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Panpa Bulletin : July 2006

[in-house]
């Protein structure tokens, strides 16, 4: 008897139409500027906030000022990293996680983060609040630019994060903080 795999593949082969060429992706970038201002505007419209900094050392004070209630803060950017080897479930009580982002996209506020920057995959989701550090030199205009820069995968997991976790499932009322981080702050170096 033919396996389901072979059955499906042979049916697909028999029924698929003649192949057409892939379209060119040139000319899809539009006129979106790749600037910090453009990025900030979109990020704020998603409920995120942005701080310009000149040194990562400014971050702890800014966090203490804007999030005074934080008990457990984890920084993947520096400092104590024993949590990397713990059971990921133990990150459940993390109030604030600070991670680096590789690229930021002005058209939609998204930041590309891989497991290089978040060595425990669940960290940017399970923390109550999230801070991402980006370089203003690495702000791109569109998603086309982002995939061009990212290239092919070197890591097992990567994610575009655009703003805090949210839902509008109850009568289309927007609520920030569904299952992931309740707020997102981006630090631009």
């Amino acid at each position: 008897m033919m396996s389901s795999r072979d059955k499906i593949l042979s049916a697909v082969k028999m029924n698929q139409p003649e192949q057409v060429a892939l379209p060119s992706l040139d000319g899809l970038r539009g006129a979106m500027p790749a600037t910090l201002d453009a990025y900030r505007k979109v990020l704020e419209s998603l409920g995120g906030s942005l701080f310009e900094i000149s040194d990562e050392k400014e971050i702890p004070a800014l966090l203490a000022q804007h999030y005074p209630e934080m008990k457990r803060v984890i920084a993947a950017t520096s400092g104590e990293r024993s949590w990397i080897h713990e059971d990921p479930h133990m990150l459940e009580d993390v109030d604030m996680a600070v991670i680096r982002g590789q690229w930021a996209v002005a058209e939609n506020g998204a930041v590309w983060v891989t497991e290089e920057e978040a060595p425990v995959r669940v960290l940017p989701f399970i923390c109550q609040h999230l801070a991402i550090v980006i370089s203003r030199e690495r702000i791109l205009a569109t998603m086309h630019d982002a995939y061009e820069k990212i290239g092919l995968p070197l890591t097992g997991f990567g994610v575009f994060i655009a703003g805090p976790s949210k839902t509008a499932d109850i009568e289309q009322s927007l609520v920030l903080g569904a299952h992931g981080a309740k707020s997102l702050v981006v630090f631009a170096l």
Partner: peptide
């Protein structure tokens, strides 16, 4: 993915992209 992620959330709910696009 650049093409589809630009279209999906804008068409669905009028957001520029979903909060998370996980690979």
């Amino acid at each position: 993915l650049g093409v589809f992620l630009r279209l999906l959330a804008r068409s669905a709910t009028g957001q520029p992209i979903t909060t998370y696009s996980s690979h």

SOFTWARE MATTERS KeVIn SlIMP For a while it seemed like eve- ry column I penned had some- thing to do with an Adobe prod- uct. Over the past few months, I've searched for other products to review, not wanting to fa- vour one vendor over another. It's been five months now, so I feel relatively safe in reviewing a utility related to Adobe once again. Q2ID is not an Adobe product. It's a utility from Markzware. You might remember Markzware as the creators of FlightCheck, a preflight utility that's been used by newspapers and oth- ers for quite a while now. Q2ID is a plug-in for Adobe InDesign that allows InDesign to open QuarkXPress files. OK. I can hear you saying, 'I thought In- Design already opened Quark files without a plug-in'. InDesign does open QuarkX- Press files as long as they are version 3.x or 4.x files. How- ever, you might not be so lucky with QuarkXPress 5 and 6 files. Sure, you can open these files in Quark and save them down one version at a time until you get a file that will open in In- Design. As you might imagine, this process can get old pretty quickly. Q2ID allows you to open these files directly into InDe- sign, without having to save them in a compatible version first. To be precise, Q2ID opens Mac and Windows files saved from QuarkXPress or QuarkX- Press Passport 3.3, 4.1, 5, 6 and 6.5. In my testing, Q2ID worked very nicely. Among newspapers I've interviewed that use Q2ID, there was an overwhelming response in support of using Q2ID. I found that QuarkXPress files (I opened files saved in both version 5 and 6.5) opened almost as quickly as native In- Design files with the help of the Q2ID plug-in. Most page ele- ments made it through the con- version perfectly. Sometimes those related to transparency had to be tweaked to get the expected results. And because InDesign won't let you use fonts that you don't have on your sys- tem, fonts that had been bold- ed in QuarkXPress sometimes opened as non-bold fonts in InDesign. What's the bottom line? If I have a newspaper convert- ing to InDesign from QuarkX- Press, I'm getting Q2ID. In our business, we don't have time to mess around with files that don't open as expected. This is one more tool to help alleviate that possibility. Q2ID is now available on both Mac and PC platforms. Minimum requirements in- clude OS 10.2 (Mac) and Win- dows 2000/XP or higher on the PC. $199 (US)/199 (EUR) $249 (CAN)/$299 (AUS). Training for Newspaper De- signers and Publishers Avail- able in October Those of you that know me realise that most of my atten- tion turns to the Institute of Newspaper Technology dur- ing the summer and autumn. I have been directing the In- stitute since 1997 and it has grown to become one of the most respected programs of its type in the world. Classes led by the most recognised train- ers in our industry are avail- able. Topics include training in the latest versions of InDesign, QuarkXPress, Acrobat, GoLive, Photoshop and Creator. Classes for both novices and advanced users are available. Adobe In- Copy, Digital Photography and Page Design are just a few of the many elective courses available. Attendees are in for several spe- cial treats this year, including presentations by Gary Cosimini (Adobe) and Joe Schorr (Apple) related to the future of newspa- per technology. For more information, visit the Institute of Newspaper Technology web site at www. newspaperinstitute.com. Kevin Slimp is the director of the Institute of Newspaper Technology in Knoxville, Tennessee. It’s all just got easier according to Kevin Slimp, who is back reviewing another adobe related product. Designing an easier future In our business, we don’t have time to mess around with fles that don’t open as expected. This is one more tool to help alleviate that possibility. India's leading daily, Times of India, is in the process of mas- sively expanding its press capaci- ties. The world's highest-circula- tion English-language broadsheet daily has entrusted the project to its partner over many years, MAN Roland, a world-market leader in web offset. The consisting 45 REGIOMAN, GEOMAN and COLORMAN printing towers of Times of India will now be joined by one REGI- OMAN and three COLORMAN systems with a total of 22 print- ing towers for printing centres in Mumbai, Delhi and Calcutta. This gives the Times of India a total of 67 MAN Roland printing towers for full-colour production. The order value amounts to a double- digit million EUR sum. The sys- tems are to be delivered between mid 2007 and beginning of 2008. The Times of India group pro- duces more than five million copies daily, Times of India alone accounting for 3.4 million cop- ies. The product range is comple- mented by titles such as Economic Times, Bombay Times, Navbharat Times, Maharashtra Times and about 20 supplements. The part- nership between Times of India and MAN Roland began in 1996 with two presses for Mumbai and Delhi, each system configured with one 4/4-colour and two 2/2- colour printing units. Times of India was established in 1838. To- day there are 15 printing centres nationwide; whose equipment reflects the company's technolog- ically proactive strategy. As in the past, the most recent investment is aimed at ensuring capacity to meet future requirements. Each of the three COLOR- MAN presslines now ordered will be equipped with six print- ing towers and one double folder. The systems are highly automated, and they allow processing webs of varying width. The MAN Roland print- net software for end-to-end workflow networking has been ordered already and will be in- tegrated into the SAP system used by Times of India. Times of India commissions 67 MAN Roland Towers July 2006 PANPA BULLETIN | 41